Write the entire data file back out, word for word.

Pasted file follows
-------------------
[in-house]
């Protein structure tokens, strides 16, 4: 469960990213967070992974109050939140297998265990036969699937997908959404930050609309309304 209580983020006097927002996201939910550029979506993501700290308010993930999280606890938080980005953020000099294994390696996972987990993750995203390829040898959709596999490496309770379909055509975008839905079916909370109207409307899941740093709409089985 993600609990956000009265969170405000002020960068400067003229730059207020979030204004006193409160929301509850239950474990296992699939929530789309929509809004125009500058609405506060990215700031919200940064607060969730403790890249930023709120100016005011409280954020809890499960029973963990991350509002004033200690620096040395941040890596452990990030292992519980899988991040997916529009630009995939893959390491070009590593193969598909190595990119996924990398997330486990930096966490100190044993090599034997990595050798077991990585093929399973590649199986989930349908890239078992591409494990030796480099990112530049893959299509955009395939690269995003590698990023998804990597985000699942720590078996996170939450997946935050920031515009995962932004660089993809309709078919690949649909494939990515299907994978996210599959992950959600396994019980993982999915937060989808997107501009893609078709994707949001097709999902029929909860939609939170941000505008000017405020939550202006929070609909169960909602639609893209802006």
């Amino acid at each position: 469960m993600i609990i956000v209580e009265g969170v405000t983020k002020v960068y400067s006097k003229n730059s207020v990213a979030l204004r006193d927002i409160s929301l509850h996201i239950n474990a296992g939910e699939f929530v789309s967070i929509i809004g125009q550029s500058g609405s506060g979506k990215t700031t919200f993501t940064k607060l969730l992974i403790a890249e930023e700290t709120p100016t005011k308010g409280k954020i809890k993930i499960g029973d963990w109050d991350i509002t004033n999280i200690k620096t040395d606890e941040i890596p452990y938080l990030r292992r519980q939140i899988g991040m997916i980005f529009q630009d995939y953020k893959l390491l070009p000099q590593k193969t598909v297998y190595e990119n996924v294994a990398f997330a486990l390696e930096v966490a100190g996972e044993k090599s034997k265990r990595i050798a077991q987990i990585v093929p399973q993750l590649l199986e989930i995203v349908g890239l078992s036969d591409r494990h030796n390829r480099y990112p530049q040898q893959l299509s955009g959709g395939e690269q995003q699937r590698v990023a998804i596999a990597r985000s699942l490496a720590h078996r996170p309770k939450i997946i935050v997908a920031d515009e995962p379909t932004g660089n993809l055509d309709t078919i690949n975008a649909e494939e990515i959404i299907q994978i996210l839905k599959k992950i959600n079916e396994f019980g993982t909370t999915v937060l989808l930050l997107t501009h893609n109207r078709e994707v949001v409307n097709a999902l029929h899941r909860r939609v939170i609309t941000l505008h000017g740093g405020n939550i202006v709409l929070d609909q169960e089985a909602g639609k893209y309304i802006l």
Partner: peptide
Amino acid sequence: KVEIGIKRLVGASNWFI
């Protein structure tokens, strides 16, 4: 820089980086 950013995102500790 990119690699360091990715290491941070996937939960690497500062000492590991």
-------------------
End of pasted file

[in-house]
């Protein structure tokens, strides 16, 4: 469960990213967070992974109050939140297998265990036969699937997908959404930050609309309304 209580983020006097927002996201939910550029979506993501700290308010993930999280606890938080980005953020000099294994390696996972987990993750995203390829040898959709596999490496309770379909055509975008839905079916909370109207409307899941740093709409089985 993600609990956000009265969170405000002020960068400067003229730059207020979030204004006193409160929301509850239950474990296992699939929530789309929509809004125009500058609405506060990215700031919200940064607060969730403790890249930023709120100016005011409280954020809890499960029973963990991350509002004033200690620096040395941040890596452990990030292992519980899988991040997916529009630009995939893959390491070009590593193969598909190595990119996924990398997330486990930096966490100190044993090599034997990595050798077991990585093929399973590649199986989930349908890239078992591409494990030796480099990112530049893959299509955009395939690269995003590698990023998804990597985000699942720590078996996170939450997946935050920031515009995962932004660089993809309709078919690949649909494939990515299907994978996210599959992950959600396994019980993982999915937060989808997107501009893609078709994707949001097709999902029929909860939609939170941000505008000017405020939550202006929070609909169960909602639609893209802006």
């Amino acid at each position: 469960m993600i609990i956000v209580e009265g969170v405000t983020k002020v960068y400067s006097k003229n730059s207020v990213a979030l204004r006193d927002i409160s929301l509850h996201i239950n474990a296992g939910e699939f929530v789309s967070i929509i809004g125009q550029s500058g609405s506060g979506k990215t700031t919200f993501t940064k607060l969730l992974i403790a890249e930023e700290t709120p100016t005011k308010g409280k954020i809890k993930i499960g029973d963990w109050d991350i509002t004033n999280i200690k620096t040395d606890e941040i890596p452990y938080l990030r292992r519980q939140i899988g991040m997916i980005f529009q630009d995939y953020k893959l390491l070009p000099q590593k193969t598909v297998y190595e990119n996924v294994a990398f997330a486990l390696e930096v966490a100190g996972e044993k090599s034997k265990r990595i050798a077991q987990i990585v093929p399973q993750l590649l199986e989930i995203v349908g890239l078992s036969d591409r494990h030796n390829r480099y990112p530049q040898q893959l299509s955009g959709g395939e690269q995003q699937r590698v990023a998804i596999a990597r985000s699942l490496a720590h078996r996170p309770k939450i997946i935050v997908a920031d515009e995962p379909t932004g660089n993809l055509d309709t078919i690949n975008a649909e494939e990515i959404i299907q994978i996210l839905k599959k992950i959600n079916e396994f019980g993982t909370t999915v937060l989808l930050l997107t501009h893609n109207r078709e994707v949001v409307n097709a999902l029929h899941r909860r939609v939170i609309t941000l505008h000017g740093g405020n939550i202006v709409l929070d609909q169960e089985a909602g639609k893209y309304i802006l």
Partner: peptide
Amino acid sequence: KVEIGIKRLVGASNWFI
């Protein structure tokens, strides 16, 4: 820089980086 950013995102500790 990119690699360091990715290491941070996937939960690497500062000492590991």